Lady Louise Windsor: Will Queen’s granddaughter Louise be a working royal? Rules explained

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Although there are several members of the Royal Family, only some of them are considered working royals. Working members of the Royal Family carry out engagements and duties on behalf of the crown. Only working royals are usually entitled to public funding through the Sovereign Grant, or security paid for by the taxpayer.

Who are the working royals?

The Queen is the most senior working member of the Royal Family.

Many of the Queen’s children are considered working royals, including Prince Charles, Princess Anne and Prince Edward.

Charles’ wife Camilla, Duchess of Cornwall is also a working royal, as is Edward’s wife Sophie, Countess of Wessex.

However, only some of the Queen’s grandchildren have ever worked officially on behalf of the crown.

Prince William and his wife Kate, Duchess of Cambridge, are considered working members of the Royal Family.

Prince Harry and his wife Meghan, Duchess of Sussex, were also working royals, until they decided to step down from their roles in March 2020.

Both William and Harry are high in the line of succession to the throne, which may explain why they were allowed to be working royals.

The rest of the Queen’s grandchildren, such as Princess Beatrice and Zara Tindall, are not considered working royals.

Non-working royals do not carry out official engagements for the Royal Family and they also have to earn their own income.

Will Lady Louise Windsor be a working royal?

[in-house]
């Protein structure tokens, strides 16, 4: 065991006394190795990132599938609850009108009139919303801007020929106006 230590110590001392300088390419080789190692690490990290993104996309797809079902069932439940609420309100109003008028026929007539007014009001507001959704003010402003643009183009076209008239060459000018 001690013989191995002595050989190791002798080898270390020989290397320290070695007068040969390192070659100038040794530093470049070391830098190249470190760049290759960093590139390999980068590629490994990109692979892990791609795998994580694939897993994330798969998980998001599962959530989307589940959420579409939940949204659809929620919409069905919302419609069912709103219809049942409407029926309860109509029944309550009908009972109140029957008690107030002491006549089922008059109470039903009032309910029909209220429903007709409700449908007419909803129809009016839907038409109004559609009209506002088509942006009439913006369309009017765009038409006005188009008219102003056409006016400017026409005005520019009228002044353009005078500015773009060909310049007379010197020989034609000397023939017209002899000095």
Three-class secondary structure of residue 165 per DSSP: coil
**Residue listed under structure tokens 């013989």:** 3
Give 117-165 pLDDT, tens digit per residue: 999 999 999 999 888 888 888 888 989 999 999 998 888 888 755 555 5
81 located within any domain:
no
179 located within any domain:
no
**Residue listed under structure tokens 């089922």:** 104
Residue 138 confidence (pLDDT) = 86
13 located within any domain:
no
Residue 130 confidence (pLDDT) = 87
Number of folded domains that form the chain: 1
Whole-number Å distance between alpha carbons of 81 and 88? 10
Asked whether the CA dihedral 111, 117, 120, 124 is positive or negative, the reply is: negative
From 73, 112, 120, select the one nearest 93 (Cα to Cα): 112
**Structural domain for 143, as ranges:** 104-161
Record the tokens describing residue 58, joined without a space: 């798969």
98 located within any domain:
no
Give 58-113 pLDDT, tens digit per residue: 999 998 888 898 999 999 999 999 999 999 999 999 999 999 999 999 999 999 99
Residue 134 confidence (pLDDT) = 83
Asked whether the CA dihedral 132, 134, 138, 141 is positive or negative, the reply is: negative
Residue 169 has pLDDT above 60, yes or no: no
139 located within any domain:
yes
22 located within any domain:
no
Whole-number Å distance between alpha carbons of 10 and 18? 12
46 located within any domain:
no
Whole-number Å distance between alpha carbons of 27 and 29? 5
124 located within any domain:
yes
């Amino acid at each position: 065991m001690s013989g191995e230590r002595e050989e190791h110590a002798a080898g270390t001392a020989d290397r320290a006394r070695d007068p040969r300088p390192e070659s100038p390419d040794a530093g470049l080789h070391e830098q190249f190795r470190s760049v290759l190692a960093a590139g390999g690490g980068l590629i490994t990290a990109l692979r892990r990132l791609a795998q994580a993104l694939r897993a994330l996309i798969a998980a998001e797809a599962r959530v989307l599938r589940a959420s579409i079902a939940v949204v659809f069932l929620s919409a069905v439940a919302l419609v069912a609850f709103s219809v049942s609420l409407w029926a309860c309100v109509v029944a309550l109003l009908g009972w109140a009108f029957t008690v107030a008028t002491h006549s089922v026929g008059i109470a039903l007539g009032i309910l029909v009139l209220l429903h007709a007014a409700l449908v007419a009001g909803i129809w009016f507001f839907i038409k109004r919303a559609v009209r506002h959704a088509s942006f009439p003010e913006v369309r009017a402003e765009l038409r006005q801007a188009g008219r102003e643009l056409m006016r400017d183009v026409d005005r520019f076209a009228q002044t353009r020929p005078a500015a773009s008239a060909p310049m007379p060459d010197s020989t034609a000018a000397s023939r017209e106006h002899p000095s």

The Queen’s youngest granddaughter is Lady Louise Windsor, daughter of Prince Edward and Sophie, Countess of Wessex.

Louise’s parents have taken on public royal roles in recent years, representing the crown in an official capacity on a number of occasions.

While the Queen is known to be very close to her granddaughter Louise, she is however unlikely to ever be a working royal.

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In an interview with the Sunday Times last year, Sophie, Countess of Wessex indicated Louise and her brother James, Viscount Severn, are “very likely” to have to pursue their own careers one day.

Sophie said: “We try to bring them up with the understanding they are very likely to have to work for a living.

“Hence we made the decision not to use HRH titles.

“They have them and can decide to use them from 18, but I think it’s highly unlikely.”

In the future, a higher number of royals may be expected to earn their own income.

Prince Charles is believed to want a ‘slimmed down’ version of monarchy, where only those highest in the line of succession will be working royals.

According to recent reports, this could mean just seven of the immediate Royal Family are working royals.

When Charles is King, working royals will likely include Camilla, Duchess of Cornwall, Prince William, Kate, Duchess of Cambridge, Prince George, Princess Charlotte and Prince Louis.

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